Nancy Vogel, Sacramento
public affairs director, Department of Water Resources
Meat, dairy worsen shortage
Re “Why knock almonds? Alfalfa uses more water” (Another View, April 26): Thank you, Lauren Michele, for calling attention to the fact that water used to grow alfalfa, which is primarily used for forage, is a large percentage of total water usage in California. Richard Oppenlander, author of “Food Choice and Sustainability” notes that 47 percent of water usage is going for meat and dairy products. To the scientific evidence for the adverse health effects of eating meat and dairy, we can add the impact of those industries to our water supply. I can feel good about not flushing the toilet “when it’s yellow, so mellow” and saving 2 to 3 gallons of water, but that’s nothing like the amount I save by not eating a hamburger, 650 gallons.
Ken Newman, Sacramento
Farmers are focused on profits
Wake up, non-farming folks of California. The farmers and the governor don’t care about you. The nut farmers are trying to get us to believe that alfalfa is the bad water-sucking crop. Yes, it looks like alfalfa uses more water than almonds. Alfalfa feeds cattle. Cattle provide us with milk and meat. I can’t remember the last time I heard a person order a double-almond whopper with cheese. Do you? Californians, don’t be fooled by the almond and pistachio farmers crying they are being picked on. They deserve to be picked on. They are making huge profits and abusing the California groundwater supplies at the detriment of non-farmers.
Gregg Johnson, Antelope
Water-intensive crops exported
Lauren Michele’s article conveniently overlooks the basic issue. Why is California using precious water to grow water-intensive crops and forage for the world?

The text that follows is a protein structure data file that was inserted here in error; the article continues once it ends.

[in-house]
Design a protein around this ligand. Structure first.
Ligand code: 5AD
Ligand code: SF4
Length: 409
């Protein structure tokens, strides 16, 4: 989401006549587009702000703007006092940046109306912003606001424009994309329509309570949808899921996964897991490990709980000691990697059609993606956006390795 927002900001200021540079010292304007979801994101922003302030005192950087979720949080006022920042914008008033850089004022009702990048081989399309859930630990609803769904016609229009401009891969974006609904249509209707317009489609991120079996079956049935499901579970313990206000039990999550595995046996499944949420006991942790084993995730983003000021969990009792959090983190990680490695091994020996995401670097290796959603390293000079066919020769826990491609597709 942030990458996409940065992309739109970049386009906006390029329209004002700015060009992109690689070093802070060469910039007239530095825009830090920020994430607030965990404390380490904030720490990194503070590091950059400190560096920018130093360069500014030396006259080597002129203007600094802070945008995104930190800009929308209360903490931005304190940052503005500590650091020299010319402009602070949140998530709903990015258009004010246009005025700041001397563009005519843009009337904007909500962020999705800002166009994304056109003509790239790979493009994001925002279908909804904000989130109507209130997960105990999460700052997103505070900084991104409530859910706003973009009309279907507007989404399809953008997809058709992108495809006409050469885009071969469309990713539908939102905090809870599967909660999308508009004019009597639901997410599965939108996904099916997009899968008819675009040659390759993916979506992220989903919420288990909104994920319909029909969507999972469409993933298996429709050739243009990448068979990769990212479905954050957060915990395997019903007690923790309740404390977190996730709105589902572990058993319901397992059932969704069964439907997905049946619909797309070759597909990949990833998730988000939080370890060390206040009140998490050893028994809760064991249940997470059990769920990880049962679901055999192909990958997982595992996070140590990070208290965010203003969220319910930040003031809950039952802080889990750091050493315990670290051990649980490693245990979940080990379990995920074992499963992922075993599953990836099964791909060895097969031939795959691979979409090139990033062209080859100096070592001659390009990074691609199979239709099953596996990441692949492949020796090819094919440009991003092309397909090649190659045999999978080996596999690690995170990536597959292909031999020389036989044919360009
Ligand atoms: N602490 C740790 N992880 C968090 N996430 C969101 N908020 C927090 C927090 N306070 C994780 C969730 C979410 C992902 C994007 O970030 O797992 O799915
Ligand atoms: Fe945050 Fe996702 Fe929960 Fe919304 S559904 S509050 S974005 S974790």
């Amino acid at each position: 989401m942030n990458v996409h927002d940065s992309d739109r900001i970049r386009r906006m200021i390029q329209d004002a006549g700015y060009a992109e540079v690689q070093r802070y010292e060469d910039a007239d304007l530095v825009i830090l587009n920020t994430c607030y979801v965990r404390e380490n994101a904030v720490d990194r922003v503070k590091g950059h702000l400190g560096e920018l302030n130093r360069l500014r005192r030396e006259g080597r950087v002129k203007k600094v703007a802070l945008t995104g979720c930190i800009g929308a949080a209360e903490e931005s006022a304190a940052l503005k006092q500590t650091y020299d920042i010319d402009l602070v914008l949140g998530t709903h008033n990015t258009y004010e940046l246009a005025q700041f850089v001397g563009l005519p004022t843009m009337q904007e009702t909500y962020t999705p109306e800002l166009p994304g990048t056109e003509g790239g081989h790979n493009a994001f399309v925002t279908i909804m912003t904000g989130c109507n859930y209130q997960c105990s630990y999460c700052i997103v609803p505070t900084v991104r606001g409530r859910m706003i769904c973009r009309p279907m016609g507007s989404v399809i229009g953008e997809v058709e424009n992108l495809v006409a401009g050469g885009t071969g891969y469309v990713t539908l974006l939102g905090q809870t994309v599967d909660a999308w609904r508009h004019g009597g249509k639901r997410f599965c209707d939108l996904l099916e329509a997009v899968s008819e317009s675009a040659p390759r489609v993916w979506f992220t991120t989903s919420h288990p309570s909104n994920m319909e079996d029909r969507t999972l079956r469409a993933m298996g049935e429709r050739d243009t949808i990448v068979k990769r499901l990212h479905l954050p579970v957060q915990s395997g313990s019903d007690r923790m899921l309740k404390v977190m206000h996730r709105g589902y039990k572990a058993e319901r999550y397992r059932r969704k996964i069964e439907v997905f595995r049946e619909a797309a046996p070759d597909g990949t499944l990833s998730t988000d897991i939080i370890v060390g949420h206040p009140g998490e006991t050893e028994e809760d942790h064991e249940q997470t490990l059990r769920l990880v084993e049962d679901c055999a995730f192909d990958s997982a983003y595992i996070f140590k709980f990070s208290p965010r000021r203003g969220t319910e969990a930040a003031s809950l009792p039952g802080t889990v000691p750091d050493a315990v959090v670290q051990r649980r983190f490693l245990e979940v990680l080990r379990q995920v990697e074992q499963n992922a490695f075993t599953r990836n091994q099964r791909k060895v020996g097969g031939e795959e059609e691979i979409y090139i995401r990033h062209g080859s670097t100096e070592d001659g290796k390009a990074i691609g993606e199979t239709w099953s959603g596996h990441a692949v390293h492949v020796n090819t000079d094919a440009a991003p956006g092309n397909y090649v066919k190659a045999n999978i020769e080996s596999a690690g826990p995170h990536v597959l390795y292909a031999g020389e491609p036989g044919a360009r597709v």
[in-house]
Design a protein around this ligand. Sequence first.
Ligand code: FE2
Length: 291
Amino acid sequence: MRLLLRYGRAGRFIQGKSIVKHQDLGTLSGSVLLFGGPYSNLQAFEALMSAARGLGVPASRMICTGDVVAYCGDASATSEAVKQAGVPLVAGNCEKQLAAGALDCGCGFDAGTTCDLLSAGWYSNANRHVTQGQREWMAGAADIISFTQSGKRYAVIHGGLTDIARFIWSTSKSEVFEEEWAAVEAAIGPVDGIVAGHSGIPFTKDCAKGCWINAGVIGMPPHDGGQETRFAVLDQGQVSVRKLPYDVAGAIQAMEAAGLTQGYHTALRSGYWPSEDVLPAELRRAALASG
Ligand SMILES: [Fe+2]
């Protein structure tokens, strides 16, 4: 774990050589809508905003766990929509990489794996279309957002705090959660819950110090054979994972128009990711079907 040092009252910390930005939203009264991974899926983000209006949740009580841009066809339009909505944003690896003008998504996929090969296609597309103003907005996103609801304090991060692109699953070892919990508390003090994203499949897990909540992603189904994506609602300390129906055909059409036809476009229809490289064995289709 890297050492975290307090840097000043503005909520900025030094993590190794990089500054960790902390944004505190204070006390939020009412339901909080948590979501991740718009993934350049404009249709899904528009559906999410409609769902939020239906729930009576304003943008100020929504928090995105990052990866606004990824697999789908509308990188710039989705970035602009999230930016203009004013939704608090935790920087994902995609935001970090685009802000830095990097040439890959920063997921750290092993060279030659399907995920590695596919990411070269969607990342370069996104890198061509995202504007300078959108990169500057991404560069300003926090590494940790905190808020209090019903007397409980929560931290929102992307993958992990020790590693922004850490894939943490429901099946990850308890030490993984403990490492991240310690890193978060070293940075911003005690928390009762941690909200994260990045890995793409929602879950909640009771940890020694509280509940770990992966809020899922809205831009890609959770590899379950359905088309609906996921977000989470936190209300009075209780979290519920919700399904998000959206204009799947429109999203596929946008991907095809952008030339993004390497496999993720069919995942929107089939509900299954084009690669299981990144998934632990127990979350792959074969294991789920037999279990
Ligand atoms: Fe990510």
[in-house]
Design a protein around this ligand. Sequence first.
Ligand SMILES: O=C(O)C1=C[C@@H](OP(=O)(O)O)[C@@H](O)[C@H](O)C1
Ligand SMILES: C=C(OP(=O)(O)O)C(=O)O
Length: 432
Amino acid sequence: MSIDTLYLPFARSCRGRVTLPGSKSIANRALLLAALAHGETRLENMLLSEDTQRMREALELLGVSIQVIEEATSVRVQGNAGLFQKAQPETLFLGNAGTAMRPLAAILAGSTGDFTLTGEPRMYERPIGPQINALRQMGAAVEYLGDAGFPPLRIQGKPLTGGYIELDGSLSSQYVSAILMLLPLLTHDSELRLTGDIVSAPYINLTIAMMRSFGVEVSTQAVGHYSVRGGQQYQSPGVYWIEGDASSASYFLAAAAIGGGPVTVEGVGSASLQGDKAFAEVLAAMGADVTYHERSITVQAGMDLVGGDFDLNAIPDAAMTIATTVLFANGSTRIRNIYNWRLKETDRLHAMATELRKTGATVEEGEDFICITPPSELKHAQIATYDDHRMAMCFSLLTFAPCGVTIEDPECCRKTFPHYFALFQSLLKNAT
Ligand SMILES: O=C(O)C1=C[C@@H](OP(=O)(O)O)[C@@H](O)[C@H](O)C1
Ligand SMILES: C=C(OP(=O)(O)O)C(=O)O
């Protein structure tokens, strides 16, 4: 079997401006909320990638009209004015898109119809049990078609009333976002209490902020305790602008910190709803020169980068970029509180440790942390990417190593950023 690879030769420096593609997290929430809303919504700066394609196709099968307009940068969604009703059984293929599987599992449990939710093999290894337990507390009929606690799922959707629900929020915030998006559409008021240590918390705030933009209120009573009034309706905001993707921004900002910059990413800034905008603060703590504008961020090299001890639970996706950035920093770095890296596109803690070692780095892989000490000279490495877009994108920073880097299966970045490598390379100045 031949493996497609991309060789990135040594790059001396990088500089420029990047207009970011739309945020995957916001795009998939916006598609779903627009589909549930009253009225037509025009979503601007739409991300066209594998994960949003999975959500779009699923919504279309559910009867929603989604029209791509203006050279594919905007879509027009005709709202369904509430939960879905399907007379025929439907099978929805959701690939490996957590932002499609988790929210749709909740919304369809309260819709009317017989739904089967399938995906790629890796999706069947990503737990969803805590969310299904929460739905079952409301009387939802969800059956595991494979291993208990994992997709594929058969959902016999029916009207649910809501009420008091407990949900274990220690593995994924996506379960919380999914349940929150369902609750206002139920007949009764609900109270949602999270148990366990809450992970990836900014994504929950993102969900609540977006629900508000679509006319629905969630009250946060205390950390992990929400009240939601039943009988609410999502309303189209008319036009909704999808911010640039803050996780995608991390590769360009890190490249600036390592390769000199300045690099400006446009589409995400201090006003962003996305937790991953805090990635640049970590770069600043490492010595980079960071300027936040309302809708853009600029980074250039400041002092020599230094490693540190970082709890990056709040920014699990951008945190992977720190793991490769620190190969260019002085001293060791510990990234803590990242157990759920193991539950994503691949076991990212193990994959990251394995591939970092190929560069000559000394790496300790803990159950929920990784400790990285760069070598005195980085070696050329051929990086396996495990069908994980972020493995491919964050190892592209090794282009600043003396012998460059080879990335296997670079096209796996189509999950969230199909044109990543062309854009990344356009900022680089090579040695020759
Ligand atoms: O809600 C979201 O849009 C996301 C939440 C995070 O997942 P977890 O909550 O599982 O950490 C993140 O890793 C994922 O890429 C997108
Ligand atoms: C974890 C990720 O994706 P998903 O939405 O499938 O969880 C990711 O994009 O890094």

Almonds are a luxury overseas. Alfalfa is exported to feed cows in parts of the world that have never before depended on milk or cow meat. I have no objection to farming to feed America. Exports have profited farmers immensely. I can’t blame them for wanting to make money. But it leaves unanswered the question: “Where is the water to grow these crops?”
If we are in a drought, farmers cannot act as if we are not. Yet, I see new almond trees planted wherever I travel. The TV news stories show the same thing, with water-inefficient rainbirds (rather than drip irrigation) used to water these new plantings.
We are almost out of water. Farmers must also cut back.
Martha Villegas, Orangevale
Public panic on vaccines
Re “Vaccine safety?” (Letters, April 26): Epidemics, outbreak, etc., are terms used to panic the public into vaccinating their children.
I grew up without vaccines. When schoolmates got the measles, we knew it was a matter of time before we also got the measles. We suffered for a short time, and our parents kept the infants away from us.
What has increased since my childhood is autism, bipolar disorder, etc. along with vaccines and the wealth of the pharmaceutical companies. They say there is evidence that vaccines don’t cause autism, yet they admit they are researching to find the cause. If the cause is not known, vaccines cannot be ruled out.
Suzanne Glimstad, Elk Grove